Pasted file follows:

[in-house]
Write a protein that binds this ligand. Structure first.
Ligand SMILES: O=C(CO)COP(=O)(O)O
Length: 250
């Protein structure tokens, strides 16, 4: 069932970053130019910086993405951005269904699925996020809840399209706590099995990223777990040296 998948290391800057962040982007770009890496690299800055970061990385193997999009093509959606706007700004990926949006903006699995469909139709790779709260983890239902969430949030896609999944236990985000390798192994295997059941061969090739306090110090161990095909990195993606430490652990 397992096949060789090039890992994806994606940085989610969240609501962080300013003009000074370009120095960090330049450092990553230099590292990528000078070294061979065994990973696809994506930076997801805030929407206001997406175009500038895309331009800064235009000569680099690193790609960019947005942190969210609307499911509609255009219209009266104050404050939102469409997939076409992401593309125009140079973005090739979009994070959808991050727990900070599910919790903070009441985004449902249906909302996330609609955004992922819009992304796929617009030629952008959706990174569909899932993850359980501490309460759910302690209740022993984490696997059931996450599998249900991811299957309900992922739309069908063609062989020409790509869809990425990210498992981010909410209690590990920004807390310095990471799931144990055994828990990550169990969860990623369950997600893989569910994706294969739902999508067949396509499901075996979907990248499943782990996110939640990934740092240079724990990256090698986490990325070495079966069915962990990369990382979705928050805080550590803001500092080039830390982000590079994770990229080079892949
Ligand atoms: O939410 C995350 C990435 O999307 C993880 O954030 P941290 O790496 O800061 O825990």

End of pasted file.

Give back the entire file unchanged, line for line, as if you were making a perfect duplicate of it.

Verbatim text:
[in-house]
Write a protein that binds this ligand. Structure first.
Ligand SMILES: O=C(CO)COP(=O)(O)O
Length: 250
């Protein structure tokens, strides 16, 4: 069932970053130019910086993405951005269904699925996020809840399209706590099995990223777990040296 998948290391800057962040982007770009890496690299800055970061990385193997999009093509959606706007700004990926949006903006699995469909139709790779709260983890239902969430949030896609999944236990985000390798192994295997059941061969090739306090110090161990095909990195993606430490652990 397992096949060789090039890992994806994606940085989610969240609501962080300013003009000074370009120095960090330049450092990553230099590292990528000078070294061979065994990973696809994506930076997801805030929407206001997406175009500038895309331009800064235009000569680099690193790609960019947005942190969210609307499911509609255009219209009266104050404050939102469409997939076409992401593309125009140079973005090739979009994070959808991050727990900070599910919790903070009441985004449902249906909302996330609609955004992922819009992304796929617009030629952008959706990174569909899932993850359980501490309460759910302690209740022993984490696997059931996450599998249900991811299957309900992922739309069908063609062989020409790509869809990425990210498992981010909410209690590990920004807390310095990471799931144990055994828990990550169990969860990623369950997600893989569910994706294969739902999508067949396509499901075996979907990248499943782990996110939640990934740092240079724990990256090698986490990325070495079966069915962990990369990382979705928050805080550590803001500092080039830390982000590079994770990229080079892949
Ligand atoms: O939410 C995350 C990435 O999307 C993880 O954030 P941290 O790496 O800061 O825990």